Fair Deal wave really amounts to a distraction
Main merit lies in derailing silly idea of separatism
After Premier Jason Kenney’s unequivocal rejection Friday of the idea of Alberta separatism as either a goal or a bargaining tactic, I think it’s fair to put to rest the idea that his focus on a “fair deal” is somehow pandering to separatists.
It’s more likely the premier is trying to take the wind out of the sails of any would-be separatist movement. Kenney is certainly correct when he notes the political uncertainty and instability that an active separatist movement creates, as evidenced in Quebec. The upheaval from an independence vote or an attempted secession is far worse.
But many of the recommendations in the Fair Deal Panel report, which was released earlier in the week, do little to address Alberta’s current plight. The main recommendation — holding a referendum on equalization — seems especially pointless.
So that creates a bit of a Catch-22: Either we waste time and money holding this referendum and investigating some of these other ideas, or we embolden those who want an even more aggressive posture on this quixotic quest, thus creating the very problems the premier warned about.
Equalization seems to be at the centre of this whole conversation about the relationship between Alberta and Ottawa. Perhaps a better understanding of how this program actually works would help.
The panel’s report initially does a commendable job in trying to explain it. As the report notes, “equalization is financed entirely from the federal government’s general revenues” and “provincial governments do not contribute financially to this program.”
Yet the report then goes on to list Alberta’s “contributions to Equalization,” including, for example, $17.2 billion in 2018. But let’s be clear: that number represents the difference between the amount of federal tax revenue collected in Alberta and the amount of federal spending in Alberta. It is not specific to equalization and, in fact, has nothing at all to do with equalization. Changing the program would not have any impact on that gap whatsoever.
(And if the existence of that gap is somehow an argument for separatism, then it’s an argument for Calgary separating from Alberta and for Roxboro or Britannia separating from Calgary.)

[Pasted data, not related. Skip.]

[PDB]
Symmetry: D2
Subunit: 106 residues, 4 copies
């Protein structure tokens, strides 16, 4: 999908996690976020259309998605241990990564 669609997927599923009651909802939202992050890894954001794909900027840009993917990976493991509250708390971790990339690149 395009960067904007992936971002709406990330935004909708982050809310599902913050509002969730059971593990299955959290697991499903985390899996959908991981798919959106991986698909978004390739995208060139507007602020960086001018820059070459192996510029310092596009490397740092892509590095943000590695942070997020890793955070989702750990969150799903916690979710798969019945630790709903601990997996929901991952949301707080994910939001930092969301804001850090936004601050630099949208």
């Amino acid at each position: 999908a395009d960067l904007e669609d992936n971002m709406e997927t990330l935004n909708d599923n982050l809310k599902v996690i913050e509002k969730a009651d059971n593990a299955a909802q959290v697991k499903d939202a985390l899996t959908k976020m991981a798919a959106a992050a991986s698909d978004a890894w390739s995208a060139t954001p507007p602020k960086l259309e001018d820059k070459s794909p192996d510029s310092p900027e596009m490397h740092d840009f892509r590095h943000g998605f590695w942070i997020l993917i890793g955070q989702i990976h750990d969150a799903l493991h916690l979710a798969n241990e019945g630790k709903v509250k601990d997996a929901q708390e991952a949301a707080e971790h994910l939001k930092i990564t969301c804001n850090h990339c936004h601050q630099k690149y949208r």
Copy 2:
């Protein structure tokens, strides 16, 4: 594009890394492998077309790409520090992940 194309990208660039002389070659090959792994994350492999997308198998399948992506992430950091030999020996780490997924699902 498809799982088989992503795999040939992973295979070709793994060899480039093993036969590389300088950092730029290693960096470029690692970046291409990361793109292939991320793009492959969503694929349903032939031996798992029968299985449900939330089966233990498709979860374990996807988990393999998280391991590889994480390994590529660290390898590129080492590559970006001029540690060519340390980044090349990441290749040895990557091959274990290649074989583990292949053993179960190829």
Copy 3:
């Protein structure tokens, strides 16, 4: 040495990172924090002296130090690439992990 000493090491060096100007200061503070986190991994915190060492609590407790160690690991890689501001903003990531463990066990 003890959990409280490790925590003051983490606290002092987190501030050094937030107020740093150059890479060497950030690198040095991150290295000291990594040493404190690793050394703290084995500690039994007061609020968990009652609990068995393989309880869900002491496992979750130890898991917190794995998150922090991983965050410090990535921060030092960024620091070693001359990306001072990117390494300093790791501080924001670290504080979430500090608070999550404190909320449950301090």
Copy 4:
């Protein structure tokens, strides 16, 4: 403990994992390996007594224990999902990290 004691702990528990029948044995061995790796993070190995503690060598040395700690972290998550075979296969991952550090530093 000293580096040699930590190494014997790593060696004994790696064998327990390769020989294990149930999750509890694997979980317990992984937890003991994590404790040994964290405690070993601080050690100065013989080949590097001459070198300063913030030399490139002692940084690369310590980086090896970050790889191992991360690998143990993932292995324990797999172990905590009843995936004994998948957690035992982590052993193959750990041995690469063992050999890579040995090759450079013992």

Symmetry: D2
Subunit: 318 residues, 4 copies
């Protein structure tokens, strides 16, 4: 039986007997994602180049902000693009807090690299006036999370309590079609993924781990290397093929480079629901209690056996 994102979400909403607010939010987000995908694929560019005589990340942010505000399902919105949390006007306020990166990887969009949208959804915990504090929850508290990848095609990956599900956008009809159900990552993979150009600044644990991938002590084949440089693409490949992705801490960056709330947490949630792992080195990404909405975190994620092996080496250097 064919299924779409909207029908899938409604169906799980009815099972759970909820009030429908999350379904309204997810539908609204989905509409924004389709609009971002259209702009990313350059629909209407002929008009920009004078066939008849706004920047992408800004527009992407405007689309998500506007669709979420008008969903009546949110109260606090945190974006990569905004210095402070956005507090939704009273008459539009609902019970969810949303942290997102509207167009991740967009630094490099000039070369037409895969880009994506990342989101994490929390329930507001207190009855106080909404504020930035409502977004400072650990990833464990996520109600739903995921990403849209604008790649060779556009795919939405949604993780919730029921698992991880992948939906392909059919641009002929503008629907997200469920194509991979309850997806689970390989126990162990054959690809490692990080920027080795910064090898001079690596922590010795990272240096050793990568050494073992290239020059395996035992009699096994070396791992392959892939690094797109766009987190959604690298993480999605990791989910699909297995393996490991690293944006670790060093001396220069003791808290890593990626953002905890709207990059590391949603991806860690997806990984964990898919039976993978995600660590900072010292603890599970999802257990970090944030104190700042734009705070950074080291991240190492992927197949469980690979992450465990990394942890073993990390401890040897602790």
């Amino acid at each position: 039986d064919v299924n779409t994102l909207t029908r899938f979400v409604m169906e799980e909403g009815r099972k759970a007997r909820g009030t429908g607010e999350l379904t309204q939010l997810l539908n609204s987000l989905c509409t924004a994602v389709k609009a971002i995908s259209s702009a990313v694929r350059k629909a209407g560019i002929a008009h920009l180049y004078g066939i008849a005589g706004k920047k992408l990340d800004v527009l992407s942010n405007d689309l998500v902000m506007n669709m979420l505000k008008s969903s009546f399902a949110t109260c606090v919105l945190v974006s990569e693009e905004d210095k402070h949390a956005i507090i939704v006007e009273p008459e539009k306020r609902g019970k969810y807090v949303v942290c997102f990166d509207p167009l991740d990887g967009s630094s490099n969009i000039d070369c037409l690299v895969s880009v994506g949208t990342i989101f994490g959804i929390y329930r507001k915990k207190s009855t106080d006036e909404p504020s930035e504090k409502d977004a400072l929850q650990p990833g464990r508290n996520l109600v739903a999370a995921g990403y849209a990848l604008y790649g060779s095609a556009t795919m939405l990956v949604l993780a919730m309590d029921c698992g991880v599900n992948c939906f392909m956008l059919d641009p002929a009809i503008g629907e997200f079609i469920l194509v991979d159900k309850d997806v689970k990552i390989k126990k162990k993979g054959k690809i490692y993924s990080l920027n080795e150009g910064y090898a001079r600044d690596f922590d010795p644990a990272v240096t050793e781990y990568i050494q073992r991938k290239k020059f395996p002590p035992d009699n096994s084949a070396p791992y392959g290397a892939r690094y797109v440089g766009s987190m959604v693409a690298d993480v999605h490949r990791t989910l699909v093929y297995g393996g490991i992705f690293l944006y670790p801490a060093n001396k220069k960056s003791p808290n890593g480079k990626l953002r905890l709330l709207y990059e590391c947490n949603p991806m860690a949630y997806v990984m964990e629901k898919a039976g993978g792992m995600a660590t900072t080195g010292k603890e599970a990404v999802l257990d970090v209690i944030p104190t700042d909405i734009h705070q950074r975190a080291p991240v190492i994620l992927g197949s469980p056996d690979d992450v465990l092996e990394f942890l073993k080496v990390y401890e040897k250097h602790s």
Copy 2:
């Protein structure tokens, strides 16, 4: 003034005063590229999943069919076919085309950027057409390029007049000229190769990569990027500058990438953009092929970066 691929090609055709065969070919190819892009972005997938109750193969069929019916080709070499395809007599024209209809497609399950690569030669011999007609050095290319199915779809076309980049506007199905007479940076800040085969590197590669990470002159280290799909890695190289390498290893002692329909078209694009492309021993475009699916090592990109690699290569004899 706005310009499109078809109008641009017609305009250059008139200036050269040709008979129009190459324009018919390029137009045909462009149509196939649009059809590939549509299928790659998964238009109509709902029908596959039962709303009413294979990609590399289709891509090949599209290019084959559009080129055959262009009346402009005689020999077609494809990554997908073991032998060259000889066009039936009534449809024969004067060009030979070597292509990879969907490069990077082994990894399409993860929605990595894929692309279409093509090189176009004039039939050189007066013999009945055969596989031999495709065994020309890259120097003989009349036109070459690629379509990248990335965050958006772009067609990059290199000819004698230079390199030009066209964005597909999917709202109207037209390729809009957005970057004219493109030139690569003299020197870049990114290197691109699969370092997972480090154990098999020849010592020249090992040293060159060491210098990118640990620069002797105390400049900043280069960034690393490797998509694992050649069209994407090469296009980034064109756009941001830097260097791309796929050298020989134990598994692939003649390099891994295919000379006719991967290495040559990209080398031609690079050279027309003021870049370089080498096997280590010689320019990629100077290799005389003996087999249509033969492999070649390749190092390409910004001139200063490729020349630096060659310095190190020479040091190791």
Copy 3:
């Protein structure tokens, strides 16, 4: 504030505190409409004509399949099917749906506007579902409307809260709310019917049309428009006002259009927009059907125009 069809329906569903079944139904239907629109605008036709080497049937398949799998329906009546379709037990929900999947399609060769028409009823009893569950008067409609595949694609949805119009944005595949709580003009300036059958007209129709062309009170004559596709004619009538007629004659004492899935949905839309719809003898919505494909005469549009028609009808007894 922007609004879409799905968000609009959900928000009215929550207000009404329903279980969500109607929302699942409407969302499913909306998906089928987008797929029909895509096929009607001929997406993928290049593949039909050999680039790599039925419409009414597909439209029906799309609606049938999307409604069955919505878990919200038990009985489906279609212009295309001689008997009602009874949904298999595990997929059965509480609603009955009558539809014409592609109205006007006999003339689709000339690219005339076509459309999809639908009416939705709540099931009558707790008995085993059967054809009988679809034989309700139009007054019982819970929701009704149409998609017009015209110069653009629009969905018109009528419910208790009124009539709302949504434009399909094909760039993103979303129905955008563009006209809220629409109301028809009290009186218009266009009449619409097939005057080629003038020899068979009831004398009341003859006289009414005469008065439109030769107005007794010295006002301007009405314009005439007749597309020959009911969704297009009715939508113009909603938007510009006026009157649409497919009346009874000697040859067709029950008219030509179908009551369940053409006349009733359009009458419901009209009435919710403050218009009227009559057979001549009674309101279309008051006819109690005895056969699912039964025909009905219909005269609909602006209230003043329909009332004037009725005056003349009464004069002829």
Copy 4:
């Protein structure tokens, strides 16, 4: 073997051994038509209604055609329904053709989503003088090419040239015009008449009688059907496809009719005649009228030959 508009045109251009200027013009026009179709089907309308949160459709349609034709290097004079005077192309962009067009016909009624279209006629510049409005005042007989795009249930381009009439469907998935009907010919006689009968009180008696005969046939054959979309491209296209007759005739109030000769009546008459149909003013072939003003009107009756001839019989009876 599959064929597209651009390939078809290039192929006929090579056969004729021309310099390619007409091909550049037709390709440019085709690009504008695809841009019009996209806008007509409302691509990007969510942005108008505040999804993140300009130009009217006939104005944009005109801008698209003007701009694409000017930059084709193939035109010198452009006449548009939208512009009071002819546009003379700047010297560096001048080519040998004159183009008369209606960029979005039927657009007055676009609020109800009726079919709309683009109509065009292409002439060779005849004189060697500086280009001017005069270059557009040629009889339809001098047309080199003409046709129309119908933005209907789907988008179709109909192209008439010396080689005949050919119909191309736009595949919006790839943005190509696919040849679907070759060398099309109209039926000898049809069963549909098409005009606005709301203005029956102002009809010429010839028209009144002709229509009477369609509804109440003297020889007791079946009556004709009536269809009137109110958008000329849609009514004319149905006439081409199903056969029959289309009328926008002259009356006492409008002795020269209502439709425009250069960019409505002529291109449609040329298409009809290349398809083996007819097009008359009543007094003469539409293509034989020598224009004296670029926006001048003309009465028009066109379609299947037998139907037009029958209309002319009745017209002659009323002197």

The panel report then seems to concede this point, but notes that we could push for changes to the “Fiscal Stabilization Fund,” which is described as a “component of equalization.” Except that the Fiscal Stabilization Program (there is no “fund”) is separate from the equalization program.
Still, though, the premier’s commitment to holding this referendum seems almost reasonable when contrasted with those who wish to hold this vote as quickly as possible and those who naively think that we can unilaterally change the Constitution and bring about equalization’s demise (which, again, wouldn’t mean any money coming to Alberta or staying in Alberta).
Perhaps the wisest advice in the Fair Deal Panel report is for Alberta to steer clear for now of the idea of collecting our own taxes. The idea of Alberta setting up its own tax collection agency has to be one of the strangest and silliest ideas to come out of this whole “fair deal” conversation. We would be spending billions of dollars to create and sustain such a bureaucracy and gain nothing in return. The idea that we could somehow hold federal tax revenue hostage is such an insane fantasy that it’s hard to take its proponents seriously.
There are some aspects of this report that might merit some consideration at some point, including the idea of a provincial pension plan or a provincial police force. But given our disturbingly low levels of employment and economic growth and the uncertainties of our post-pandemic future, such ideas really don’t seem like a priority right now.
Defusing a potential Alberta separatist movement is a laudable goal. That doesn’t change the fact that much of this “fair deal” push is a costly distraction from much more pressing matters.